Take the Sting Out of Stress with Mindfulness

close-up-of-meditation-in-park-at-sunrise-picture-id1039533792 Take the Sting Out of Stress with Mindfulness

April is National Stress Awareness Month – a "holiday" of sorts that invites us all to take the opportunity to acknowledge and address the stress in our lives. We all face stress from time to time, and some of us truly struggle with it. In fact, a recent study reveals that approximately 57 percent of people experience paralyzing stress, and 47 percent say their response to stress is to "take it out on themselves." Ouch.

One of the most effective ways we can reduce our experience of stress is through the practice of mindfulness. Mindfulness can be applied in many areas of life, and it offers us the chance to tap into our inner peacefulness in spite of whatever outside stressors we may encounter. Here are some mindful ways to take the sting out of stress this month, and anytime. Try them for yourself and see how much better you feel.

1. Up your meditation practice: Try 10 minutes twice a day – or 20 minutes twice a day if you can make time. Look for guided meditations on Insight Timer or try the free Balanced Mind with Julie Potiker podcast on iTunes. Mix it up so that your mind is relaxing into the practice.

2. Look at your "what gives you joy" list: Make time to do one or two activities on that list every day. If you have been putting off making that list, do it now. Just free associate for a few minutes with a pen and paper and watch the list grow. Remember that little things work, like a warm cup of tea or a bath, as long as they bring you joy.

3. Get a good night's rest: Pay attention to your sleep routine and see whether you can do the things most professionals teach to ensure you are getting solid rest: 7 hours of sleep a night, no screen for an hour before bed, etc.

4. Make time to exercise: You will benefit from the release of endorphins. Exercise has been shown to be as effective as antidepressant medicines for people suffering from mild to moderate depression. In addition to the endorphins, you can feel a sense of strength and power from exercise, which may help to counteract feeling powerless during times of stress.

5. Eat well: Eat healthy food, slowly and mindfully; watch your sugar intake; limit your stress eating and alcohol drinking; etc. You know what to do!

6. Stay connected with other humans: We are wired to connect and it feels supportive when we share the burdens with each other. I attended a rally against hate after the horrendous events in Charlottesville, Virginia. Intellectually, I knew that me being there would not make one bit of difference. Emotionally, it was just what I needed to feel connected to 500 other human beings who share my values.

7. Take self-compassion breaks throughout the day: Place your hand on your heart or where you find it most soothing. Acknowledge what's going on. For instance, say to yourself, "This is a moment of suffering; this is hard." Then connect yourself to the multitudes of humanity that are also suffering, knowing in your bones that you are not alone in your existential angst. Then tell yourself something helpful. My mom used to say, "This too shall pass." I tend to say, "You're going to be okay," or something along those lines.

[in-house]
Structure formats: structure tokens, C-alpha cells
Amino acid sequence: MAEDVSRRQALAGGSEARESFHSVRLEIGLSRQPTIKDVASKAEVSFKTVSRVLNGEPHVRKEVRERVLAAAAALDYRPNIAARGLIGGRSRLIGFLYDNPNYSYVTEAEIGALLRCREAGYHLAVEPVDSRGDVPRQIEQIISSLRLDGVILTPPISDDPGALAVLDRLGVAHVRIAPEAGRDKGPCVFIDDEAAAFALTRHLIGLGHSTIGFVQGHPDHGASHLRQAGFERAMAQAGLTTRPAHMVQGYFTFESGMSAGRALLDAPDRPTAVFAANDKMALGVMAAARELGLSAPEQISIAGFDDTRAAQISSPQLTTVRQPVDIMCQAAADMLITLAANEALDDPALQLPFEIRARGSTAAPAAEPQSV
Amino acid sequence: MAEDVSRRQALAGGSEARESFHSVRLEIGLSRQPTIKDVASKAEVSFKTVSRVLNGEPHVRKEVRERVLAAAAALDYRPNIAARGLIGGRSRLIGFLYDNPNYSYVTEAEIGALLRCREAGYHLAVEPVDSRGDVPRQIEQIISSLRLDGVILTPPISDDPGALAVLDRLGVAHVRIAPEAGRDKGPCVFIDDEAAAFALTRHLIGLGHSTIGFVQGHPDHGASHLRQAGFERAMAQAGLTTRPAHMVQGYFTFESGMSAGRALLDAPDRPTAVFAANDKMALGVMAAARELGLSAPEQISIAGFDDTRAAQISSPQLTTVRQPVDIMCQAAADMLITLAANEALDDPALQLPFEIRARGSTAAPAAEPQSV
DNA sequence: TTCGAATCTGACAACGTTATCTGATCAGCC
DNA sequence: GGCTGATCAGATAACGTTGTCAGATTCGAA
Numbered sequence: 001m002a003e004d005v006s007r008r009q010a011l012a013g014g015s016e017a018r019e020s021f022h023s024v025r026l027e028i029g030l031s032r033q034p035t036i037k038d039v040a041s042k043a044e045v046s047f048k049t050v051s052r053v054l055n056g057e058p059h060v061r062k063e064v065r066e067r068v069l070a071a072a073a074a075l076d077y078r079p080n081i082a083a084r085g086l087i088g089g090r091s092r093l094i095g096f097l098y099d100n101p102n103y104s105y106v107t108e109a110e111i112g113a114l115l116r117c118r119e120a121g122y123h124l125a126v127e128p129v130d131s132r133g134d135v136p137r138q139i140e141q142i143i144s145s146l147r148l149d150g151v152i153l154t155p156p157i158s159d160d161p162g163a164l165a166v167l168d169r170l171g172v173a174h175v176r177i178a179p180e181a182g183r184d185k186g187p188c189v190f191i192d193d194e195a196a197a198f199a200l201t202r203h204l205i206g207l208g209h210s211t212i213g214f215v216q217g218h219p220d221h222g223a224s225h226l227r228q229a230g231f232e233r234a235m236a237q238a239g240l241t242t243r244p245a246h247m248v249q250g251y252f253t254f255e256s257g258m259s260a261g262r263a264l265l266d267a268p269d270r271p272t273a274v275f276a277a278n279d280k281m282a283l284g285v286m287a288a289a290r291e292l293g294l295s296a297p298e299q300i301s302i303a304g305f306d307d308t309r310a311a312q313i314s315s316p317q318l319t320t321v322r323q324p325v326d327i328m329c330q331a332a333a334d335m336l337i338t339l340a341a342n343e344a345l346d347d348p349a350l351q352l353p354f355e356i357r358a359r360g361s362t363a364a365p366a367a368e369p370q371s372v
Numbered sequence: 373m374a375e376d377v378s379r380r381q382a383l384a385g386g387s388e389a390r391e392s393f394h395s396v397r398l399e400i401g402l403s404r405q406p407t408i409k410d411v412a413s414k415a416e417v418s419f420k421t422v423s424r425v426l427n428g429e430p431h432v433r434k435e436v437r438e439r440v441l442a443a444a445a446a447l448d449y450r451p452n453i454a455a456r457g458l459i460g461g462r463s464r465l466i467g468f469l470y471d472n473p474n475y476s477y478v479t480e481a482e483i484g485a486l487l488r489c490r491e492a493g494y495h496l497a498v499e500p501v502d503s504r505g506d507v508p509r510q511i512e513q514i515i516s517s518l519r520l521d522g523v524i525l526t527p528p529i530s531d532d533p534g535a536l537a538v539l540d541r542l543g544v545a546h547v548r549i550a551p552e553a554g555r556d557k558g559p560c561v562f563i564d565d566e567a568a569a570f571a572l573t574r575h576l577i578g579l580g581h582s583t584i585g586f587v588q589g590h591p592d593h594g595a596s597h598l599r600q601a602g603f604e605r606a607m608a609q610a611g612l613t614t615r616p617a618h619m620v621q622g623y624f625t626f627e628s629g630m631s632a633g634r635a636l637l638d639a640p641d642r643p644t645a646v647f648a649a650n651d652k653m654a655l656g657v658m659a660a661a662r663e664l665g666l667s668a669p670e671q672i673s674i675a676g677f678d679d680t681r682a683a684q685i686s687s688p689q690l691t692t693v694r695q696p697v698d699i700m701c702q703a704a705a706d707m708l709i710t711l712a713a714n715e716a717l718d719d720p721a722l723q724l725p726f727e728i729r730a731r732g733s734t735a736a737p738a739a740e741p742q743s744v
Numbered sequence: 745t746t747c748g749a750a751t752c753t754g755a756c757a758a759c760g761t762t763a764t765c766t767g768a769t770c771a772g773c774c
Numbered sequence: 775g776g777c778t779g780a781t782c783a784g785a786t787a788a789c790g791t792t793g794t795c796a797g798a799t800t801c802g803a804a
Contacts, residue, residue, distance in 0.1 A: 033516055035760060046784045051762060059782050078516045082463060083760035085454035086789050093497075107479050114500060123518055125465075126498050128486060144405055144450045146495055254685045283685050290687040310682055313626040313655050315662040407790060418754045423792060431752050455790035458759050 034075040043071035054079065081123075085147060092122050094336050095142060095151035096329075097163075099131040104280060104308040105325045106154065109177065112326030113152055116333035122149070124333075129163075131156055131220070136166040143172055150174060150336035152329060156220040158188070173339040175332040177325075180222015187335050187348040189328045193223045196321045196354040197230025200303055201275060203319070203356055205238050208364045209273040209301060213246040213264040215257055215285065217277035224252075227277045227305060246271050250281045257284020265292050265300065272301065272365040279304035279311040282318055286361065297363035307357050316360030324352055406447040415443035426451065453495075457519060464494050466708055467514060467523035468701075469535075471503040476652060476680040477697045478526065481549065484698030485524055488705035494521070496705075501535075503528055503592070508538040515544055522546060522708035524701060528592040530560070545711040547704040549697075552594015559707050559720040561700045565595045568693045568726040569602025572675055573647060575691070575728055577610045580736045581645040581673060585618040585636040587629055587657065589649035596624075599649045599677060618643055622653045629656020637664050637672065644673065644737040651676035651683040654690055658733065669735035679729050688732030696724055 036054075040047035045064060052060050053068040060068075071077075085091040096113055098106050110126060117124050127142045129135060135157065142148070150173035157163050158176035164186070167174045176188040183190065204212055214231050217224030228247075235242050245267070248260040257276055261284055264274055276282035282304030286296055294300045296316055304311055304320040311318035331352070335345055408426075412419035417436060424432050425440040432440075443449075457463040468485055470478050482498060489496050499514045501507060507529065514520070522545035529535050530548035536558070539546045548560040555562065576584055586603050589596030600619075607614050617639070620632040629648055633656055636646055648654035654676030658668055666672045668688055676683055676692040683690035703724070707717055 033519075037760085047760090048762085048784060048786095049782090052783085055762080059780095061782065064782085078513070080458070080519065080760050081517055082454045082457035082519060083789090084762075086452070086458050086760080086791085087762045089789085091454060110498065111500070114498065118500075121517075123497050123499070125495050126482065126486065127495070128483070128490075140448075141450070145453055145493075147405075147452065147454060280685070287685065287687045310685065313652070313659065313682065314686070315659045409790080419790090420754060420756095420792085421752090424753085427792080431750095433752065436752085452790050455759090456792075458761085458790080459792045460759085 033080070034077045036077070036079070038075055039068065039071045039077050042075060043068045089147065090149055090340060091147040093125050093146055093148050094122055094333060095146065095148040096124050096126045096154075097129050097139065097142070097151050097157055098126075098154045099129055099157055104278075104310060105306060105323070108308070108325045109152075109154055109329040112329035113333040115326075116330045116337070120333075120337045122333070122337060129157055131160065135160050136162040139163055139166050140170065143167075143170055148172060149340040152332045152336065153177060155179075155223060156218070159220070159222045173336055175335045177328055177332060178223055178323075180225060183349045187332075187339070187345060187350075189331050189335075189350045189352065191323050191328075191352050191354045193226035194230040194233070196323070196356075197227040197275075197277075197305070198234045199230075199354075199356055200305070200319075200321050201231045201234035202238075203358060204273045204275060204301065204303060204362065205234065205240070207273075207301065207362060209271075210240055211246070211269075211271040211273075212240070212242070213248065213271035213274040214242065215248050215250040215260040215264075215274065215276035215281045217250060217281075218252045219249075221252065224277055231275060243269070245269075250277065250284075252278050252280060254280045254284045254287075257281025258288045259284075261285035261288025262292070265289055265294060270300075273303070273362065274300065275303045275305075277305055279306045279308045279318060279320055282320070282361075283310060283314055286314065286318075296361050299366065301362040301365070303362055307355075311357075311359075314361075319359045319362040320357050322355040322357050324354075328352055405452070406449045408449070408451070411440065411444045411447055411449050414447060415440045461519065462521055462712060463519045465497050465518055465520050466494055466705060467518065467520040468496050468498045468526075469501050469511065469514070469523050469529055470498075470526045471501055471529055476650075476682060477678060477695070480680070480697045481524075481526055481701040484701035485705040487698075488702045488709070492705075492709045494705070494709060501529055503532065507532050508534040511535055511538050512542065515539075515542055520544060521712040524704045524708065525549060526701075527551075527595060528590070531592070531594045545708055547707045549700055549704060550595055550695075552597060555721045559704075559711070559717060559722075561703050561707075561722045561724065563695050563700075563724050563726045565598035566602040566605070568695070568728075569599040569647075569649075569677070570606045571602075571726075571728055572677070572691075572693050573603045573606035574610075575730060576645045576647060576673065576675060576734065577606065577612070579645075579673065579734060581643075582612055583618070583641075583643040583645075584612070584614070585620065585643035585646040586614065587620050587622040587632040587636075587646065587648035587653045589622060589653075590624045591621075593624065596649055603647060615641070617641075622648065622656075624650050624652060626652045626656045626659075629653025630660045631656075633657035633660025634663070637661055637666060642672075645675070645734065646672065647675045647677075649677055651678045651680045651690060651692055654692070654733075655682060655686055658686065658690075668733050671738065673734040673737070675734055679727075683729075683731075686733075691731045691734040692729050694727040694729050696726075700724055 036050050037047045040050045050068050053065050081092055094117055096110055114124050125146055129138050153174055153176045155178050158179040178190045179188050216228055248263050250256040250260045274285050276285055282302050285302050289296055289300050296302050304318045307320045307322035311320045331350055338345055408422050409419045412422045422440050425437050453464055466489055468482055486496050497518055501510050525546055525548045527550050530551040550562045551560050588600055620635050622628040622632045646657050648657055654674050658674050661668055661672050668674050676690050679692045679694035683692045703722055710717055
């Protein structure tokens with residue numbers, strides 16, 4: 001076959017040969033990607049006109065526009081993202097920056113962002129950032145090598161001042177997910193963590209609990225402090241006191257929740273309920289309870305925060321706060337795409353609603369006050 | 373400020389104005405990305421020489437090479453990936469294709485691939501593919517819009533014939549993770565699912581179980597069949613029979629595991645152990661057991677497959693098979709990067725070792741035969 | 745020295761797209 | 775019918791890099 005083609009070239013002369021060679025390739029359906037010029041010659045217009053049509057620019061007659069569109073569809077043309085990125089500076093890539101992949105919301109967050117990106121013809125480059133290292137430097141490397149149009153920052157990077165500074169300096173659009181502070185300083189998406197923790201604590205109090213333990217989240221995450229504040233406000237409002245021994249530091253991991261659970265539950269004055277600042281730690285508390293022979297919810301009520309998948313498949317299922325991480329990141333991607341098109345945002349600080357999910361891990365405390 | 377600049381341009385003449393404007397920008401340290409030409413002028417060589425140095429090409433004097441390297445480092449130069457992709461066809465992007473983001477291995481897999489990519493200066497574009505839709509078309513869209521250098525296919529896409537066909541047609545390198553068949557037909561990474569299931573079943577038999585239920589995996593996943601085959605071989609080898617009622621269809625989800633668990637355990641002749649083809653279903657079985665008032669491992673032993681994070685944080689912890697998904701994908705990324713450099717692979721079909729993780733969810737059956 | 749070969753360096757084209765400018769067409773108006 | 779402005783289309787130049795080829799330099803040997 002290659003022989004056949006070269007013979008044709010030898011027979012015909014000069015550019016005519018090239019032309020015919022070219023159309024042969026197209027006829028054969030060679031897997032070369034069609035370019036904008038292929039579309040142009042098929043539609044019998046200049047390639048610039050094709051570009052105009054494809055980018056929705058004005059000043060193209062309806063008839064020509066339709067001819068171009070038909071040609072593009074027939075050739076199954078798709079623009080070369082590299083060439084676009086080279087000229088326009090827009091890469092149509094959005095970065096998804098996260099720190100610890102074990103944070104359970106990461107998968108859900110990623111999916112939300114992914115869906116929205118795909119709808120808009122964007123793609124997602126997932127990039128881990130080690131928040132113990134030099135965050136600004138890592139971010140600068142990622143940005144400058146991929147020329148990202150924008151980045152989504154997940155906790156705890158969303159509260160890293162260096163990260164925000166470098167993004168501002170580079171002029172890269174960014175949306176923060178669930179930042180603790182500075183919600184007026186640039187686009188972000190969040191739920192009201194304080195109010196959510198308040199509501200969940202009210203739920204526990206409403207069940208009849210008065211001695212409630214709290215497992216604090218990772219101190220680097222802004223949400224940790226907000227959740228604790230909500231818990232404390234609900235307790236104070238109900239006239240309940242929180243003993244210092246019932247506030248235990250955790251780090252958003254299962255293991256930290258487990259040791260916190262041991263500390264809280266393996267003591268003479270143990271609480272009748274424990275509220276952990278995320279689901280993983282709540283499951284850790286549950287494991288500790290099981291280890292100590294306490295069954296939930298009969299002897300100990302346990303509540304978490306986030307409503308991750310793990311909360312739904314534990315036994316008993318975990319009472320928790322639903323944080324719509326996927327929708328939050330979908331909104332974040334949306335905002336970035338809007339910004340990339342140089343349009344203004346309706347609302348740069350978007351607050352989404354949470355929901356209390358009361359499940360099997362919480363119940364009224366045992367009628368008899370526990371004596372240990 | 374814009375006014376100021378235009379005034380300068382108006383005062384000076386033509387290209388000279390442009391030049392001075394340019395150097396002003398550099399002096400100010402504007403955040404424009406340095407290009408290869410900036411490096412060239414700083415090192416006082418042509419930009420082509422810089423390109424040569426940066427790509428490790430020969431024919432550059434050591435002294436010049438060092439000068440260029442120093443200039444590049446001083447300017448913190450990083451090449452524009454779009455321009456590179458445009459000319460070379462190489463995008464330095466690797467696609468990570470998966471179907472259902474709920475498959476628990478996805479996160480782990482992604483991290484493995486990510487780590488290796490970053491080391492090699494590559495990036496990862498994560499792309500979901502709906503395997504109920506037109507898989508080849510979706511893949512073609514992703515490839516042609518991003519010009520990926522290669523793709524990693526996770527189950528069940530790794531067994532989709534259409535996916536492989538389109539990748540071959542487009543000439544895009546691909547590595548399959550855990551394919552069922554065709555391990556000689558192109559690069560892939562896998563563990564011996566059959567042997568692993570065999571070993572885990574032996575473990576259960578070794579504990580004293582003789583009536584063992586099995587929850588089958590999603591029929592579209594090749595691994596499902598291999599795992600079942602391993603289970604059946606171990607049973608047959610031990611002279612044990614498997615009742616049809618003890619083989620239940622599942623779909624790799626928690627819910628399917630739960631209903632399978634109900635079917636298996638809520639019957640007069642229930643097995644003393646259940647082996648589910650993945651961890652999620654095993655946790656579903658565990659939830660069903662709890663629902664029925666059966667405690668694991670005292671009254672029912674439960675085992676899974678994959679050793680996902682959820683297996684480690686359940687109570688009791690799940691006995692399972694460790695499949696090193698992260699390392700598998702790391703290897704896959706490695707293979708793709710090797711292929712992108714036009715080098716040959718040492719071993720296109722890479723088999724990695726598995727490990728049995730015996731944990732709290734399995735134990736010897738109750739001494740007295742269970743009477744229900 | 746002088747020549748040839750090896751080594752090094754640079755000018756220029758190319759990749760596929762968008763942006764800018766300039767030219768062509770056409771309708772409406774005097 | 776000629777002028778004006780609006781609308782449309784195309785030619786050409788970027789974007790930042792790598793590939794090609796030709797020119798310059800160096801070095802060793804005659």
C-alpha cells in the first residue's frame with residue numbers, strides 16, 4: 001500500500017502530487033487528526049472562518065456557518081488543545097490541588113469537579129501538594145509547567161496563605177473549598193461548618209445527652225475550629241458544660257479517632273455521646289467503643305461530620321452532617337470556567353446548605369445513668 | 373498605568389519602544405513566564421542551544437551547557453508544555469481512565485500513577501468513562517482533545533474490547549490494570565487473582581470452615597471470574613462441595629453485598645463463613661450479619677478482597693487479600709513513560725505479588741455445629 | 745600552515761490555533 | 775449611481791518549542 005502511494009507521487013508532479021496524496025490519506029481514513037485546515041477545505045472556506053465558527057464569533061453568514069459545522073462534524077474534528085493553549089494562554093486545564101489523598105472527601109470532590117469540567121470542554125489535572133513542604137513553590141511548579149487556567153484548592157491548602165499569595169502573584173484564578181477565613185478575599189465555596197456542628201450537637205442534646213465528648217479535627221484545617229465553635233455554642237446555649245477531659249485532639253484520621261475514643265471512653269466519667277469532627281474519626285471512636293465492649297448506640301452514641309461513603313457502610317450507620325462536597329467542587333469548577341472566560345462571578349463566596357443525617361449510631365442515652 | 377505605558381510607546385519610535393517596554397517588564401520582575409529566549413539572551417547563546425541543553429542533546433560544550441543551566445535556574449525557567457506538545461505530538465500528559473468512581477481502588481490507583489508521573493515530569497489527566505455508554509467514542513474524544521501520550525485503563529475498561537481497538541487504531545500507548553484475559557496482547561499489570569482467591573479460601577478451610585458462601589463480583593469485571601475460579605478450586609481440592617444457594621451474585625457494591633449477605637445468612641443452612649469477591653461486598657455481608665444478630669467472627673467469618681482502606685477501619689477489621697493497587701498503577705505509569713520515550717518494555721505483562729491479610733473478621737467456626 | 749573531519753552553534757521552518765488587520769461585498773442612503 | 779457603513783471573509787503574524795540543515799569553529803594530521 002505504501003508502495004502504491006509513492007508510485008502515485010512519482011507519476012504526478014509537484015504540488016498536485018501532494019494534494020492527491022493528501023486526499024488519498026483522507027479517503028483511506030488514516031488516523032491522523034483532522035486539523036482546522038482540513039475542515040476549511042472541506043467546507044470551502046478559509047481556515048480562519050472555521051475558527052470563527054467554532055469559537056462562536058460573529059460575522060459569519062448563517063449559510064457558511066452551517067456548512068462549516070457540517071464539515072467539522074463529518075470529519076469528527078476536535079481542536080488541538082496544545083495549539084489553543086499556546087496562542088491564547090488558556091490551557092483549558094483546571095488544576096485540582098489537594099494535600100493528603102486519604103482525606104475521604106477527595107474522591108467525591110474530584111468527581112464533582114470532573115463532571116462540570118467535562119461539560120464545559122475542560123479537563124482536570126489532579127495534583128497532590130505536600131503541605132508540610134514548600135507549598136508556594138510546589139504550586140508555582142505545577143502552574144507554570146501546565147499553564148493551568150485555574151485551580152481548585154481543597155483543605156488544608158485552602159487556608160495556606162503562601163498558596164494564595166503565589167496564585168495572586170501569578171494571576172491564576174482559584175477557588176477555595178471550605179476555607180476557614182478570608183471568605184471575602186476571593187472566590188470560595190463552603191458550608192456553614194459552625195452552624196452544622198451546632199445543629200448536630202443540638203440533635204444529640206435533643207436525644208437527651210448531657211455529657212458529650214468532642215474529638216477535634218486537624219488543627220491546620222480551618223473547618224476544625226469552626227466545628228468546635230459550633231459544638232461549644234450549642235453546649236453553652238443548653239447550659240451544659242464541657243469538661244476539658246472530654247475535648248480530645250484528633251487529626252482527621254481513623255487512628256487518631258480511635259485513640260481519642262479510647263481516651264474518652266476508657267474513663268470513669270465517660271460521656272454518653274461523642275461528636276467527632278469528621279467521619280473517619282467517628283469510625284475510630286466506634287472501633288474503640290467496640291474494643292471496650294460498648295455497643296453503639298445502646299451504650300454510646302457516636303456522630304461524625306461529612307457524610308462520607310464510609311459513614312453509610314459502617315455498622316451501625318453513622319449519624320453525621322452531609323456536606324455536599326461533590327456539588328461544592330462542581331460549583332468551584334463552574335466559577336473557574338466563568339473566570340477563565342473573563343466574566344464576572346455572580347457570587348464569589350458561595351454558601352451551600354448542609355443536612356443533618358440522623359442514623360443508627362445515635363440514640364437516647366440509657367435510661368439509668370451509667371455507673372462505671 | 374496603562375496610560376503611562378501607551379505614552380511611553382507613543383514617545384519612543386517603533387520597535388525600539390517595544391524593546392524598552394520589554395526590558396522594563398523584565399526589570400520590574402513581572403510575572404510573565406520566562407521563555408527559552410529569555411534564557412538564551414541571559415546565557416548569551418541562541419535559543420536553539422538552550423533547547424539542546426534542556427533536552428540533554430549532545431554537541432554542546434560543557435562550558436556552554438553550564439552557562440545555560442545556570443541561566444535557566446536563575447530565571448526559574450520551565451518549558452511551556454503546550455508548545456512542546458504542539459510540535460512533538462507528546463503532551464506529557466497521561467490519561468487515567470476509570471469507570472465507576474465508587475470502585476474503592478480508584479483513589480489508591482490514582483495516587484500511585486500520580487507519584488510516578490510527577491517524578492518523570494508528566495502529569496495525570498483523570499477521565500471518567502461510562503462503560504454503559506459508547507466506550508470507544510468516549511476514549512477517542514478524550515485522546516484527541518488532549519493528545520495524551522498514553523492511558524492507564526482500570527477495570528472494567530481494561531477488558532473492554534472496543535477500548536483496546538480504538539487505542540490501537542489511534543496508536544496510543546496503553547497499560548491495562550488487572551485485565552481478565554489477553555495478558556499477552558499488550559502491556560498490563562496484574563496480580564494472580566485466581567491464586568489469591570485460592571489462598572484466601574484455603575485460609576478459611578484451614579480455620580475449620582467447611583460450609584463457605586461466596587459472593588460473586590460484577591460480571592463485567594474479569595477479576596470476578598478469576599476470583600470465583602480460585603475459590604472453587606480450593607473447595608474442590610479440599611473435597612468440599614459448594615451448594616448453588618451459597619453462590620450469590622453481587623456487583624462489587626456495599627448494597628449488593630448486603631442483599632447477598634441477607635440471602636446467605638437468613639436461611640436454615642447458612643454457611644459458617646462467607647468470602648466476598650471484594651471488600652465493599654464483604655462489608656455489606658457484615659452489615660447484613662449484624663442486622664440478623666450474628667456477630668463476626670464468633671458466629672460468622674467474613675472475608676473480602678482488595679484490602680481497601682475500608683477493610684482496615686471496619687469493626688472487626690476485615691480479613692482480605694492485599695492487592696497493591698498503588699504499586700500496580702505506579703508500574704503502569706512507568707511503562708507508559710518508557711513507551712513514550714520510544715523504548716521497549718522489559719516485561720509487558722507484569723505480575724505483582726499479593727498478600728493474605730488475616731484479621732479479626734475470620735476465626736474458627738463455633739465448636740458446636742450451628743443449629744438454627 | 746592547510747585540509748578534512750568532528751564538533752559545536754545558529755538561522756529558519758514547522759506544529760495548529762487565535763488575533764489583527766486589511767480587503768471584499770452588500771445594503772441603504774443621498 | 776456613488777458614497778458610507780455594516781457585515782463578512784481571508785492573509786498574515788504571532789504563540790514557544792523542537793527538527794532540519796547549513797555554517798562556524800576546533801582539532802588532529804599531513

8. Ground yourself through the soles of your feet: No kidding; put your feet on the ground and send your attention down to the soles of your feet. How do they feel? Are you in socks and shoes? Barefoot? Cold or warm? Moist or dry? The act of doing this breaks the discursive loop of thoughts and emotions.

9. Ground yourself with a pebble: I use my "here and now stone." It's the same concept as focusing on the soles of the feet (from the tip above). Feel it, look at it, notice everything about it, and you will break the discursive loop of thoughts and emotions.

10. Get outside: There are huge health benefits to being in nature. While you are there, see if you can feel the temperature of the air, the breeze where it touches your skin. Notice any smells, and really look at the sights – leaves, flowers, etc. If you are walking, pay attention to how your feet feel hitting the ground, how your legs feel working, how your arms feel swinging at your sides. While you are noticing all these sensations, you are not ruminating or worrying.

11. Contribute what you can to charities doing relief work: Giving makes us feel good in a couple of ways. Of course, it feels good knowing that we are doing our small part to help, and that all of us giving together can mobilize great assistance where it is needed. It makes us feel some sense of control that we are taking action in a positive way. Giving also gives us a dopamine bump in our brains, and the dopamine makes us feel good.

12. Don't bathe in the bad news: Try to stay away from television news or video news. You can read or listen to the news so you have an idea of what's going on, but stay away from graphic visuals.

13. Take time to laugh: Watch comedy (but not political satire if it gets you activated). Any funny movies from the Marx Brothers and Mel Brooks are good bets for getting you laughing. Amy Schumer has a new special on Netflix that is off-the-hook hysterical (if you like raunchy humor, which I do!). And I can usually count on Sarah Silverman to absolutely kill me, in the best way. Laughter really is good medicine!



In this compassionate and courageous new guide, Julie Potiker shows you how to

  • find happiness apart from your children’s lives,
  • practice important self-care rituals,
  • rewire your own brain to receive happiness,
  • feel safe and comforted in the midst of the chaos, and
  • listen to your inner critic without letting it tear you down.

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